8. 8. The erosion of the ethic of data sharing: “Could you patent the sun? “ In a 1954 interview with Edward R Murrow, Jonas Salk responded to a question suggesting the patenting of the polio vaccine : “Could you patent the sun?” and then ca 50 years later In a 2002 study, 47% of surveyed geneticists had been rejected at least once in their efforts to gain access to key genetics data (this result indicated a significant increase over a previous survey). EG Campbell et al. “Data Withholding in Academic Genetics: Evidence From a National Survey” JAMA, Jan 2002; 287: 473 – 480; Massachusetts General Hospital (2006). “Studies examine withholding of scientific data amongresearchers, trainees: Relationships with industry, competitive environments associated with research secrecy.” News release (January 25). Massachusetts General Hospital. http://www.massgeneral.org/news/releases/012506campbell.html, as of November 17, 2008.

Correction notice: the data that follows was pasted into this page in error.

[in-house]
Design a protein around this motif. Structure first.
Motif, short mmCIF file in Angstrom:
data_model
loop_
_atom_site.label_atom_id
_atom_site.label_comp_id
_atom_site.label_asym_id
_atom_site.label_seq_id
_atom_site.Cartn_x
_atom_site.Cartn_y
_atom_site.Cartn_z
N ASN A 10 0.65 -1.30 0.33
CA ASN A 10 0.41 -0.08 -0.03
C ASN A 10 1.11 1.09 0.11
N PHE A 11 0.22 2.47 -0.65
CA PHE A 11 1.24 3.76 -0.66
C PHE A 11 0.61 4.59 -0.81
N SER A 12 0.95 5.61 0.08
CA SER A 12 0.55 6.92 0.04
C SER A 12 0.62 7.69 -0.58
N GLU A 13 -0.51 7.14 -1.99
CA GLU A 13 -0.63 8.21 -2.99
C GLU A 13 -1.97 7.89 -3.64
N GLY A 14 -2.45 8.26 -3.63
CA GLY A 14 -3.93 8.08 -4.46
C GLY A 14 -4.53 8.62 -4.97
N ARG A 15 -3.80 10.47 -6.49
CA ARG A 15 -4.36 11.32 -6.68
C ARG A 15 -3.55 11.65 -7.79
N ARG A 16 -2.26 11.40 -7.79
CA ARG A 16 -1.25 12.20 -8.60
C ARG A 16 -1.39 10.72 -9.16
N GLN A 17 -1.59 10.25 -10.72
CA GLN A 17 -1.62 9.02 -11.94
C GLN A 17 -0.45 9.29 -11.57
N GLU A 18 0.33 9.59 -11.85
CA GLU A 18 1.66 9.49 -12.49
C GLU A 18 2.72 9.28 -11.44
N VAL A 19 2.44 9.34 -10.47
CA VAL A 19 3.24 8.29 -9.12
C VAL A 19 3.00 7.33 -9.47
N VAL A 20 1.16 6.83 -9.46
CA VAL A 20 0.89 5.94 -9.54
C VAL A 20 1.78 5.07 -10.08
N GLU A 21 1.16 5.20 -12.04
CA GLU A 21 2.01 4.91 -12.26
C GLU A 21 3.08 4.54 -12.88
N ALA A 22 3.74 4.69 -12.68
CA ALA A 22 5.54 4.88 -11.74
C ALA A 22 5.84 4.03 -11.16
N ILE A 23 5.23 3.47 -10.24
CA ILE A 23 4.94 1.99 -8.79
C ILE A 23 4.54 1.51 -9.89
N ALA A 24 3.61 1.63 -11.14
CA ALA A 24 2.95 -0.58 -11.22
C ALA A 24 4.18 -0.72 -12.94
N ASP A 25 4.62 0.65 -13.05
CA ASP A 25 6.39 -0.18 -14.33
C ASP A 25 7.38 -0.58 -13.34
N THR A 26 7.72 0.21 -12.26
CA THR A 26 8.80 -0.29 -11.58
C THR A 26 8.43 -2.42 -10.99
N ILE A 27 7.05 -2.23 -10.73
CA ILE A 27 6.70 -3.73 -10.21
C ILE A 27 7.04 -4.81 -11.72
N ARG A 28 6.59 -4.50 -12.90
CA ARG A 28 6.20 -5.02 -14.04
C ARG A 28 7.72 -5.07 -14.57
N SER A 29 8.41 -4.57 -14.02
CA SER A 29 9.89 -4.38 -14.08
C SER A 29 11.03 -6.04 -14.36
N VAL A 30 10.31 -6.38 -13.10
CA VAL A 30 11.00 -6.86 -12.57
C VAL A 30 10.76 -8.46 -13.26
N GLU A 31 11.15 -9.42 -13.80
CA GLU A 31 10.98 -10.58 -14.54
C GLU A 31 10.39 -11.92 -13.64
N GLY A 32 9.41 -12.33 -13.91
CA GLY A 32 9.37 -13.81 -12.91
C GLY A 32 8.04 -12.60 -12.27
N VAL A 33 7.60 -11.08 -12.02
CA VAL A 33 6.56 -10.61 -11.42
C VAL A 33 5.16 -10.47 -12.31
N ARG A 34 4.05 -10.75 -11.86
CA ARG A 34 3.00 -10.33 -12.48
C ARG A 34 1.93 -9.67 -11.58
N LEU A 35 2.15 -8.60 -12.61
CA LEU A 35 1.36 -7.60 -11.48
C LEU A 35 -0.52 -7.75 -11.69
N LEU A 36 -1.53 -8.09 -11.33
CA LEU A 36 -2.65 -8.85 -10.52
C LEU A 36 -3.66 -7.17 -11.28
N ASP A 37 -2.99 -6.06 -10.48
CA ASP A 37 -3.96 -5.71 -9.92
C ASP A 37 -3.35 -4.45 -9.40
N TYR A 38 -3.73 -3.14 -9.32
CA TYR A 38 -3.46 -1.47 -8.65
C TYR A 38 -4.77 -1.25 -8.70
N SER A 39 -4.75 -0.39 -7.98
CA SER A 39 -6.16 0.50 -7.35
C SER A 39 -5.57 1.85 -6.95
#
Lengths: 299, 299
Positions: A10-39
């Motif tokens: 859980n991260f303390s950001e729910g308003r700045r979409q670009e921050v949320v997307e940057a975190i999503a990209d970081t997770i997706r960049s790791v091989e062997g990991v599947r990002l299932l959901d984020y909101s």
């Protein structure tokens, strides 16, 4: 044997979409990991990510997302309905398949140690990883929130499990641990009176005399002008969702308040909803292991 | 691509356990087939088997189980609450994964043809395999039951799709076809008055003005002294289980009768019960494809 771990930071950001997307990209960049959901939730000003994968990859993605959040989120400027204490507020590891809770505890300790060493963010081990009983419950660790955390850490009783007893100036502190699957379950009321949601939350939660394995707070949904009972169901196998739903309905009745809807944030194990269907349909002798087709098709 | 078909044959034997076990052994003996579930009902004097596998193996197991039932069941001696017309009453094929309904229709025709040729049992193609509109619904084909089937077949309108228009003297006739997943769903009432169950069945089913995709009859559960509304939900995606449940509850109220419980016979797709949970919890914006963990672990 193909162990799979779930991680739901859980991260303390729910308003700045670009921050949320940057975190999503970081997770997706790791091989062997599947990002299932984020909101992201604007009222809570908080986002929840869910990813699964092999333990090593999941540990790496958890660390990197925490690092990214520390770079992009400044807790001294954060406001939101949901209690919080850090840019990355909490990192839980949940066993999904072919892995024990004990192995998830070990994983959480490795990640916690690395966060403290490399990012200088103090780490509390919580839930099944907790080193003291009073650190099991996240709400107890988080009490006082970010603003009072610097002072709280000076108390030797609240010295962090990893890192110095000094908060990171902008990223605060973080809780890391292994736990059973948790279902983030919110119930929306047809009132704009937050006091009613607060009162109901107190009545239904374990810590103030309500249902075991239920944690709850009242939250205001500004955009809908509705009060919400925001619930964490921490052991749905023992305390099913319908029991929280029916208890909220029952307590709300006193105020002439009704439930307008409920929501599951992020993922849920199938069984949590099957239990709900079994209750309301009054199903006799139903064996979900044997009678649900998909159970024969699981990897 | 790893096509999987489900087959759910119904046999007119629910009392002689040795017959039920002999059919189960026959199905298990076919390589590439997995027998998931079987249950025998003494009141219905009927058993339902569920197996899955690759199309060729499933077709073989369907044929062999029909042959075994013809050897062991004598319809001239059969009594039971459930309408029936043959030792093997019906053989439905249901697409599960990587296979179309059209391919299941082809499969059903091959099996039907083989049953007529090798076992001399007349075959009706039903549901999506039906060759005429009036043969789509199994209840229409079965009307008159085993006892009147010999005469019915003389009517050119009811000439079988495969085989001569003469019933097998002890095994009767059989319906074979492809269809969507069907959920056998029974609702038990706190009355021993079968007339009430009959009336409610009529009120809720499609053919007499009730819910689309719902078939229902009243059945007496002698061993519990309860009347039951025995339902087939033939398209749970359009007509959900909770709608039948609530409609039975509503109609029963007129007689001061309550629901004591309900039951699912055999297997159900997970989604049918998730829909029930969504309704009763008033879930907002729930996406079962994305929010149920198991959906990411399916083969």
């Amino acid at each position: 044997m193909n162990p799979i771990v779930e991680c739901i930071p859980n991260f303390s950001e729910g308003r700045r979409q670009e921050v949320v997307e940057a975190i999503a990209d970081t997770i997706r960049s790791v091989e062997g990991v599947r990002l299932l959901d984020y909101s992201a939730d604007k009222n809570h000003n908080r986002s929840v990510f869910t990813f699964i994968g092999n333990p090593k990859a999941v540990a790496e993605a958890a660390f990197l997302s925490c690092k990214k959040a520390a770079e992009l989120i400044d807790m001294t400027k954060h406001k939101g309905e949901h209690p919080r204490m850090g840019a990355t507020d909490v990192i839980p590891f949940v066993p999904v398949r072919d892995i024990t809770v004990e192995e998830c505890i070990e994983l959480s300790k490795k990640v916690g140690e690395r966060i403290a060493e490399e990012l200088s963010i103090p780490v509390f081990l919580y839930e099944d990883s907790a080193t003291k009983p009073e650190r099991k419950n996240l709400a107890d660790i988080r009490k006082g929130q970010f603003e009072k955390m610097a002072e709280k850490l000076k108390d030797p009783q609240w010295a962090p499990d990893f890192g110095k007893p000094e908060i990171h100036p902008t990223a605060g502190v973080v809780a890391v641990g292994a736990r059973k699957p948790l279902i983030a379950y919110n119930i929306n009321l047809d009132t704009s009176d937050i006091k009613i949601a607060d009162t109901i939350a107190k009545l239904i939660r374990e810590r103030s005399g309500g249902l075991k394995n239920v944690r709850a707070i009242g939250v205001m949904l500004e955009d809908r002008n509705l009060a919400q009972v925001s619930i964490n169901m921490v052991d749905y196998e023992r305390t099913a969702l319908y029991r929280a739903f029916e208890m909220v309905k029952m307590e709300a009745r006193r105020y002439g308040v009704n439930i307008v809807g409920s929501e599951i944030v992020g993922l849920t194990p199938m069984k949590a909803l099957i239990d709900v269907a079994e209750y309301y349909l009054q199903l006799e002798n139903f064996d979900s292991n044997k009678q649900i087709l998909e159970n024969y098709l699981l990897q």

9. 9. Cascading resources…?
  10. 10. The Science Commons: “Protocol for Implementing Open Access Data”“…it is conceivable that in 20 years, a complex semantic query across tens of thousands of data records across the web might return a result which itself populates a new database. If intellectual property rights are involved, that query might well trigger requirements carrying a stiff penalty for failure, including such problems as a copyright infringement lawsuit.” http://sciencecommons.org/projects/publishing/open-access-data-protocol/